Living in winter, thinking of summer

Maybe it’s cold outside, but two MAC students have warm thoughts about being camp counselors


YMCA High Harbour

Freshman Annabel Winter and her friends from YMCA High Harbour, a camp in Georgia, pose for a picture during a de-stressing Friday at camp; the day’s activities included painting each others’ faces and throwing flour and shaving cream at each other. Winter is a CIT this year.

Elisha Scott, staff reporter

Freshman Annabel Winter has been attending YMCA High Harbour for five years. It’s an overnight camp located in Clayton, GA on Lake Burton. She first heard about it from her brother who attended it, so she decided to try it out. She just finished her two years of Leadership Training this past summer so that she can be a CIT, or as it’s called at her camp, a LIT (Leader-in-Training), this summer. She went through trials with different cabins and tested what it would be like to work with different-aged children.

“They do a lot of leadership training, because it’s a leadership-centered camp,” Winter said. “So you have a cabin, and then you switch off so you have a feel for taking care of different age groups.”

As a LIT, she would not only help around the camp with set-up and clean-up, but she would also be helping taking care of the kids at the camp. She says the camp directors want to make sure they’re picking good, reliable people to take on these obligations, so they have the interested campers go through lots of preparation to even be considered. Winter had to get recommendations and go through an interview process during a retreat weekend, and she will be attending another retreat weekend in the spring to prove she is interested in the position.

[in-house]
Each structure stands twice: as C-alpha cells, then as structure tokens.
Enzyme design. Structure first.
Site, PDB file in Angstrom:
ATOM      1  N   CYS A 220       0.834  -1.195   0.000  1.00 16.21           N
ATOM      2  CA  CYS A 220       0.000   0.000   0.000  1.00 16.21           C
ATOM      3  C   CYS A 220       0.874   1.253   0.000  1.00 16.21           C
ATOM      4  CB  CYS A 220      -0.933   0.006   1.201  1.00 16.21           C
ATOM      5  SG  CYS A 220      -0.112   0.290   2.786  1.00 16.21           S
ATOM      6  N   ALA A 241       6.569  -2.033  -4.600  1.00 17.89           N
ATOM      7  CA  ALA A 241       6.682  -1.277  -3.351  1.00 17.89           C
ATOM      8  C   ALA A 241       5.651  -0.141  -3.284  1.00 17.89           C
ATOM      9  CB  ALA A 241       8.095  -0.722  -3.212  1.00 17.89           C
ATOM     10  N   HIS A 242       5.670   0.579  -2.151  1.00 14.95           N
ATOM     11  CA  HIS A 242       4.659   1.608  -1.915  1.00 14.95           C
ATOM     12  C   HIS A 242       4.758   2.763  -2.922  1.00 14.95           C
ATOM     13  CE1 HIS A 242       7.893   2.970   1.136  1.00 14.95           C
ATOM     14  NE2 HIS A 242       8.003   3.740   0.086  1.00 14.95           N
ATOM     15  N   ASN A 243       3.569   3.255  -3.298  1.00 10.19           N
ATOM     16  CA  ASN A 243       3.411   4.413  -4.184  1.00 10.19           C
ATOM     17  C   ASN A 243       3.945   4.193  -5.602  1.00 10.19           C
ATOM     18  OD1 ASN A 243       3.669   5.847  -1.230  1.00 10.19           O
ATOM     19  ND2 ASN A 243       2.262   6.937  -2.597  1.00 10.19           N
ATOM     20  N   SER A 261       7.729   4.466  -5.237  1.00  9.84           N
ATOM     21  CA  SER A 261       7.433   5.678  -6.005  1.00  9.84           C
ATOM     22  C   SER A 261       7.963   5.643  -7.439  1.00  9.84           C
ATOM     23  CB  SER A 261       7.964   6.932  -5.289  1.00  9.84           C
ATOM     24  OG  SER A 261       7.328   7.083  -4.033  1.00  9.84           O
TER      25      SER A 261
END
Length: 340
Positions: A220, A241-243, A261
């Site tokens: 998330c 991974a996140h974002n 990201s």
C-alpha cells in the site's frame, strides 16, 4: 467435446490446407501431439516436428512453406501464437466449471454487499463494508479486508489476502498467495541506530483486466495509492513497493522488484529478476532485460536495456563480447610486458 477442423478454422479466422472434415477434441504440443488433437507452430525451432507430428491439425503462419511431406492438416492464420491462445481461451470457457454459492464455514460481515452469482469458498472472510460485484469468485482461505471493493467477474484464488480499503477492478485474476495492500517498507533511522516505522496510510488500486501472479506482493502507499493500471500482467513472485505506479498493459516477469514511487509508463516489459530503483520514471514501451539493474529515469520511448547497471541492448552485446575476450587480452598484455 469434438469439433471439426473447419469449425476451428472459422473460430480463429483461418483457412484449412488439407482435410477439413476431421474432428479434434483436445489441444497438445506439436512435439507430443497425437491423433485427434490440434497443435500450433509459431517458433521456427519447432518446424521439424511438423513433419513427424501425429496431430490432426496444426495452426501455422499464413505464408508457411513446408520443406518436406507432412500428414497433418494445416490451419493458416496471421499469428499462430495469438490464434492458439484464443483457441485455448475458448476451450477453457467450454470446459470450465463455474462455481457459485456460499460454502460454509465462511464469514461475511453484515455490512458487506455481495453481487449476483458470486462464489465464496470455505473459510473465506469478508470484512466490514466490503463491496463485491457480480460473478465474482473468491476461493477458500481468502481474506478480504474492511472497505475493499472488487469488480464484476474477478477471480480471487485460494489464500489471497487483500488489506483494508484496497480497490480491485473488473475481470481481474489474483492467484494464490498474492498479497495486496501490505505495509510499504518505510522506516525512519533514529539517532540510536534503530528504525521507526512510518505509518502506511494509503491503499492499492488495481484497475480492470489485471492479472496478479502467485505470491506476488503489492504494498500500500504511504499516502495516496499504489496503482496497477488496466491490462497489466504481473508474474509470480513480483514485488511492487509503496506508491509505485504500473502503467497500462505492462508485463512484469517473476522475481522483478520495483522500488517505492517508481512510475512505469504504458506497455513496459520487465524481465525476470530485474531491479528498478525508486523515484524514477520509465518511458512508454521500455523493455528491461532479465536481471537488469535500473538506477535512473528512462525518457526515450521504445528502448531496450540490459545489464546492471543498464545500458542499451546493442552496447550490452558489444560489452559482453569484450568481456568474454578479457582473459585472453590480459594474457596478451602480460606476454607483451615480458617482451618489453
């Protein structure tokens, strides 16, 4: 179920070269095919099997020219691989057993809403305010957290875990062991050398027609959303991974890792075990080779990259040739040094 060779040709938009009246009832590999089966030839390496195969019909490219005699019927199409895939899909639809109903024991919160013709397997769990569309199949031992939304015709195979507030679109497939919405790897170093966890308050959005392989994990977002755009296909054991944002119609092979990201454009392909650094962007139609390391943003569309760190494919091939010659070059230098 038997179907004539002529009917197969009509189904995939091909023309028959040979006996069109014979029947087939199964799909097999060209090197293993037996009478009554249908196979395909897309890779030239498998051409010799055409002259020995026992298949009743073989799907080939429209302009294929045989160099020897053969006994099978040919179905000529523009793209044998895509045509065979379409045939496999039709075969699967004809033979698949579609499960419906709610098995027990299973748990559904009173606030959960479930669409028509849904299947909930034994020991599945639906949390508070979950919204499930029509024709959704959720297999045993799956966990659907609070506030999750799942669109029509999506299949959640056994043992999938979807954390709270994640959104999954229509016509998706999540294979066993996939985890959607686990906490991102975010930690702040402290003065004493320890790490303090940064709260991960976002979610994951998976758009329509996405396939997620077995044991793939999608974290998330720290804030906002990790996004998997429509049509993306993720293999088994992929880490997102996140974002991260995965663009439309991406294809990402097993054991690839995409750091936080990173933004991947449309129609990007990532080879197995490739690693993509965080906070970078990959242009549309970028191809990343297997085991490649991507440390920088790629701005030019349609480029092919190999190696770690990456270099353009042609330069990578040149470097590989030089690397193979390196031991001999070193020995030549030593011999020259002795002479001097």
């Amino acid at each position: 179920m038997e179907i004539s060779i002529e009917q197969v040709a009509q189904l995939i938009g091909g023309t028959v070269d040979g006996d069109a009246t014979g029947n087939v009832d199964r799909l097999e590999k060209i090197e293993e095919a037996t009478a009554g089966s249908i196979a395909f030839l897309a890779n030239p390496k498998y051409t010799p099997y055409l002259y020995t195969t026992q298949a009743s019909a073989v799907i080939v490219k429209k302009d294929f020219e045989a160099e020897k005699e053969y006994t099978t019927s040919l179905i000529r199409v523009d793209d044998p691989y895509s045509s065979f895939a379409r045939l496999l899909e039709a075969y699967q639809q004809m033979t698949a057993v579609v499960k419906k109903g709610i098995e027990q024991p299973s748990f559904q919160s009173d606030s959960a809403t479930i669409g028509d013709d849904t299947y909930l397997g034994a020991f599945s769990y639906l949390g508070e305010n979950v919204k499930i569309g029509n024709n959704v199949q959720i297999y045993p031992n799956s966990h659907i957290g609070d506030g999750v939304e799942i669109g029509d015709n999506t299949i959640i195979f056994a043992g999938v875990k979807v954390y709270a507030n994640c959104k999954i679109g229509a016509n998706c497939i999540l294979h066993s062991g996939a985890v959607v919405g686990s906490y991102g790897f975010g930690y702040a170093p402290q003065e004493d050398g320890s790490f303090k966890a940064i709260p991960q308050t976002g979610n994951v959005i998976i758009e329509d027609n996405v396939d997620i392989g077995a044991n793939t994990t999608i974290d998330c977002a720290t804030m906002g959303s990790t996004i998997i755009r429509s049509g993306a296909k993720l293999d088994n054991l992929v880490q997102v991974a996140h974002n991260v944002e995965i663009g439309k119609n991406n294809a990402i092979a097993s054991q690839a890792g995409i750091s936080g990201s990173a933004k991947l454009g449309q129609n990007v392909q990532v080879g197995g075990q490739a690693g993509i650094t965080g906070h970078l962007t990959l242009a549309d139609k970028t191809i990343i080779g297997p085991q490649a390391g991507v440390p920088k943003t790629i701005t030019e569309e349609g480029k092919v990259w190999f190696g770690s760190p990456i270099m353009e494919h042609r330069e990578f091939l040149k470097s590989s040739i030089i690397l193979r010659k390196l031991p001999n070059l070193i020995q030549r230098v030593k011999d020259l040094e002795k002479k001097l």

Junior Cate Mendivil has been attending all-girls camp Rocky River Ranch for ten years. “It’s just a really special place where I get to connect with my friends every year and connect with the outdoors,” Mendivil said. Photo by Rocky River Ranch.

The camp has many different activities for campers to do. Since the camp in on Lake Burton, a lot of the activities are water-based, such as tubing, kayaking, and paddle boarding.

Some of her favorite activities at her camp are horseback riding and paddle boarding. But Winter says the community is one of the main reasons that she loves the camp. For example, just sitting in her cabin, talking with her counselors and fellow campers was one of her favorite moments from the experience.

“Every night in the cabin, [we] would hang out in [our] cabin and talk to the counselors and they could give [us] advice on school and stuff, so it’s just a good community,” Winter said.

Not everyone is always themself at school or around people that they’re not familiar with, but with friends, family or a close-knit community, your true side can come out. For some people, camp includes all three of those things. People feel safe and comfortable to be themselves , whether that entails singing camp songs at the top of their lungs or trying new things that they never thought they’d like.

“Everyone kind of let their weird side out at that camp, because you just screamed at the top of your lungs…and you put glitter all over your face,” said Winter. “Everyone was completely themselves, and it was really awesome to let it all out.”

She says she hopes to be a LIT so she can learn from working with the kids and acquire more skills from the experience. Having that type of responsibility and being depended on can really improve a person’s character and help them learn about themselves. It can also instill you with good skills and work ethic for the future when you’re getting a job. This is a reason that so many people want to be apart of CIT programs at their camps and these are some of the things Winter hopes to learn from the experience.